Avoid people and/or topics that create stress. If possible, individuals are better served by steering clear of people or topics that create stress for them. (e.g. politics, religion)

Express feelings. It should come as no surprise that when individuals express their feelings instead of keeping them bottled up; the majority of them tend to release stress and tolerate stressful situations better than those who do not.

Be more assertive. Individuals reduce stress levels when they are willing to be more assertive, willing to compromise when necessary and don’t demand perfection.

Learn how to relax. Participate regularly in relaxation and fun. Laughing releases endorphins. People who are able to laugh at the situations usually tolerate stress more effectively. Relaxing can take many forms; from meditation to simply reading a good book.

Making lifestyle changes in and of itself can be stress reducing if an individual is resistant to the change. In the long run; choosing to make the changes necessary to reduce stress will be temporary and is beneficial physically and mentally.

What is SMART goal setting, how does it work and how can this cognitive behavioral therapy skill be used to improve your life?

Goal setting is useful to everyone regardless of whether they havea history of mental health problems or not. There are many different approaches to goal setting and using the SMART way within the CBT framework helps one to be more effective and productive in this area. Key areas to be explored in this article are listed below.

If you are interested in my personal experience watch the  Mindvalley Review video.

What is SMART Goal Setting?

Smart goal setting is idea that I am using based on Robin Sharma, Mindvalley quest Hero Genius Legend:

Goals are an important means to achievement; using the SMART approach helps one get more focused and provides a clear, vivid picture of the desired goal.

SMART stands for: Specific, Measurable, Achievable, Realistic and Time-orientated

Specific: avoid generalization, be clear, focus on exactly what you want

Measurable: need clear, tangible goals to assess if goals been met or not

Achievable: attainable, feasible so not winning the World Cup or the lottery!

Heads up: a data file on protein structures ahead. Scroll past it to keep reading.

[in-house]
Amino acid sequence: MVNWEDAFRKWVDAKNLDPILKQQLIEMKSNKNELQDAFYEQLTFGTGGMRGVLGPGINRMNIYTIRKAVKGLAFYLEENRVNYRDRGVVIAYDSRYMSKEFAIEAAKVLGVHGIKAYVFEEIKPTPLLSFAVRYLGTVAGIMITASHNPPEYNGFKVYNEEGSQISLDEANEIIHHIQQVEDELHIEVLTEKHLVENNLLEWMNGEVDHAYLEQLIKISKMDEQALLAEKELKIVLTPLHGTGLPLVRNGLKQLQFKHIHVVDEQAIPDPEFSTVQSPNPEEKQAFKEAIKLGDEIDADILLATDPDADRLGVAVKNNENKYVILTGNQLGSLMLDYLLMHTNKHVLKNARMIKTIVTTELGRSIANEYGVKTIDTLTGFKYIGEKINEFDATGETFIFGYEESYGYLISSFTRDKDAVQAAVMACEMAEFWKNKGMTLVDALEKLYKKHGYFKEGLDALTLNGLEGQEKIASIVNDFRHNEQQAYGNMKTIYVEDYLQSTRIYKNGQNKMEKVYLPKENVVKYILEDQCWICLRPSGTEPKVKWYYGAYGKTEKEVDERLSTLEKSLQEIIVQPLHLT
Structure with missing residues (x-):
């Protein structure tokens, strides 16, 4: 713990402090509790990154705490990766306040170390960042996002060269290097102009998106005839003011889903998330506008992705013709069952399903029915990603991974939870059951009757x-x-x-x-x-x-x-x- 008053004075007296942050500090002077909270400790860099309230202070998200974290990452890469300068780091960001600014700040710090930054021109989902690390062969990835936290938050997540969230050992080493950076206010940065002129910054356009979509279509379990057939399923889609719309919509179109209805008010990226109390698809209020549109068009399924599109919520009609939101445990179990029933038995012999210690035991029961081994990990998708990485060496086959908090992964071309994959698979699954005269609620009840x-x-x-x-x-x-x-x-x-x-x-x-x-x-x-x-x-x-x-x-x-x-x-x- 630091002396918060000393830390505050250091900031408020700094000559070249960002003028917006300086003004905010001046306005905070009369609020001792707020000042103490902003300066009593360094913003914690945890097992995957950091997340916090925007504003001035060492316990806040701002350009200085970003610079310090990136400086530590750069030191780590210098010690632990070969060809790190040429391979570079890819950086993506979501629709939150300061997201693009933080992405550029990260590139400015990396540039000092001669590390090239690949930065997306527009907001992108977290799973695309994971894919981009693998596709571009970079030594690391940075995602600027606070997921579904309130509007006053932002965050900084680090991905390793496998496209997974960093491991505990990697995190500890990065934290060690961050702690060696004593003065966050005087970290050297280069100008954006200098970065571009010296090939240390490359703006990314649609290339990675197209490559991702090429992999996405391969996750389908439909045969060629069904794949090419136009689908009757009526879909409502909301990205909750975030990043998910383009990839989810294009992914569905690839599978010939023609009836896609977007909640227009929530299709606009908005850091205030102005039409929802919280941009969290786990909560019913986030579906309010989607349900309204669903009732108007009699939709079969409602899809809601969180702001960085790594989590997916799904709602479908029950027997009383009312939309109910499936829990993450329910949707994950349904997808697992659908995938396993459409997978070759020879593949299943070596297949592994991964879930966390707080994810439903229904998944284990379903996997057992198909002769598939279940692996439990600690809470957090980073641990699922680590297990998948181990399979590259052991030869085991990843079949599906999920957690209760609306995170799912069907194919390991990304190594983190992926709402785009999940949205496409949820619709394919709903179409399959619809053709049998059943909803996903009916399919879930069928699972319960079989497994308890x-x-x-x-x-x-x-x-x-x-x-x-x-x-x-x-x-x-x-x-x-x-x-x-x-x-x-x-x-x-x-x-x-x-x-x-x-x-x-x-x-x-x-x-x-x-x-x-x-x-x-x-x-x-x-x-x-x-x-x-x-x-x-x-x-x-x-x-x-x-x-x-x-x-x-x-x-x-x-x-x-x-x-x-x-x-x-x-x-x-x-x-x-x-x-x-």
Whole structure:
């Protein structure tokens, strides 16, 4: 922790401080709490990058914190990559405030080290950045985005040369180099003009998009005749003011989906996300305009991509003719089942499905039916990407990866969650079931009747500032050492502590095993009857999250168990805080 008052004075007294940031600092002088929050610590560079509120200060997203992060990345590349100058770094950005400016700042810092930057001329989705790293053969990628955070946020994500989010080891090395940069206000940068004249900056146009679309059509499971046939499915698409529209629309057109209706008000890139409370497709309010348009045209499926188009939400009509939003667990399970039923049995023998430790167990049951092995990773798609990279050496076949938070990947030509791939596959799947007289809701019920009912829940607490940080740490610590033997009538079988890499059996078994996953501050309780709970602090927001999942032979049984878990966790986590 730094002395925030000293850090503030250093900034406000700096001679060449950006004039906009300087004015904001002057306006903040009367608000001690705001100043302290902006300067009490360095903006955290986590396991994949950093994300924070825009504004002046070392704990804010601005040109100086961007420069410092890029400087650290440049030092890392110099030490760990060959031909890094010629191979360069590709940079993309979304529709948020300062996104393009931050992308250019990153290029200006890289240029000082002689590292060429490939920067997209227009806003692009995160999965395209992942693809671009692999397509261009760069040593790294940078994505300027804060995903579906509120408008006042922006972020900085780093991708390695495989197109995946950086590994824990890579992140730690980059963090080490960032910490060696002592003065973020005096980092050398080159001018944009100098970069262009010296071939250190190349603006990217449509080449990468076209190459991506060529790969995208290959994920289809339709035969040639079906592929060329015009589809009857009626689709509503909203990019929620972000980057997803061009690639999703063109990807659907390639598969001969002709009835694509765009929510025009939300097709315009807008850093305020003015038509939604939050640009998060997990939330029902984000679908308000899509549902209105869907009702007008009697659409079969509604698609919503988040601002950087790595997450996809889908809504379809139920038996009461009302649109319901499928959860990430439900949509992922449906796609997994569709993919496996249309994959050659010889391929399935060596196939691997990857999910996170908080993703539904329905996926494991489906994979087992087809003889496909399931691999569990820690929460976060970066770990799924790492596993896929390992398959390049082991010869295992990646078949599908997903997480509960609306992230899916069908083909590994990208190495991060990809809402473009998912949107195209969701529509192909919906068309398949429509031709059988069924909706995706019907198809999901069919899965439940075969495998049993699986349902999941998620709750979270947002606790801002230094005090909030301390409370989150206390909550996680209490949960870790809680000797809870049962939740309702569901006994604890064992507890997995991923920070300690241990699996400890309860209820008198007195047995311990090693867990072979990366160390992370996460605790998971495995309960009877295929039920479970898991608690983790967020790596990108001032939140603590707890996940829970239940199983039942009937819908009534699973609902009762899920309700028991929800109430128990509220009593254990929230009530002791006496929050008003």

Realistic: keep it real, sensible, based on fact/reality to be successful

Time-orientated: set realistic time-frames to avoid procrastination/quitting

As well as needing goals to be SMART, it is really important that you think about how much you actually want to achieve the goal as it is only if you really, truly desire to attain something that you will be likely to go the distance, keep motivated and reach the finish. Regular checks back to your SMART plan will help you to stay focused and ensure that you are on track and have not got distracted in the process.

Practical Example

An example of using SMART is when an overweight individual wishes to diet to lose weight. It won’t help reach the goal if they simply say that they just want to be thinner and lose a lot of weight at some point as this doesn’t encompass the SMART components as below.

Specific: I want to lose two stone through avoiding snacks and walking for an hour daily

Measurable: I can weigh myself each week to check progress

Achievable: I will stop buying snacks and walk the dog for an hour

Realistic: With support from friends this is attainable

Time-orientated: I will aim for one pound of weight loss each week over 28 weeks

The SMART approach thus becomes a step-by-step, easy to follow yet concise plan which can then provide a vital framework within which the individual’s goal can be worked towards and eventually achieved.

Key Benefits

Key benefits of using SMART to set your goals include: they are much more planned out, focused, concise, specific and are therefore significantly easier to visualize and thus you are more like to remain motivated and be successful in attaining your goal.

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Christophe Rude

Christophe Rude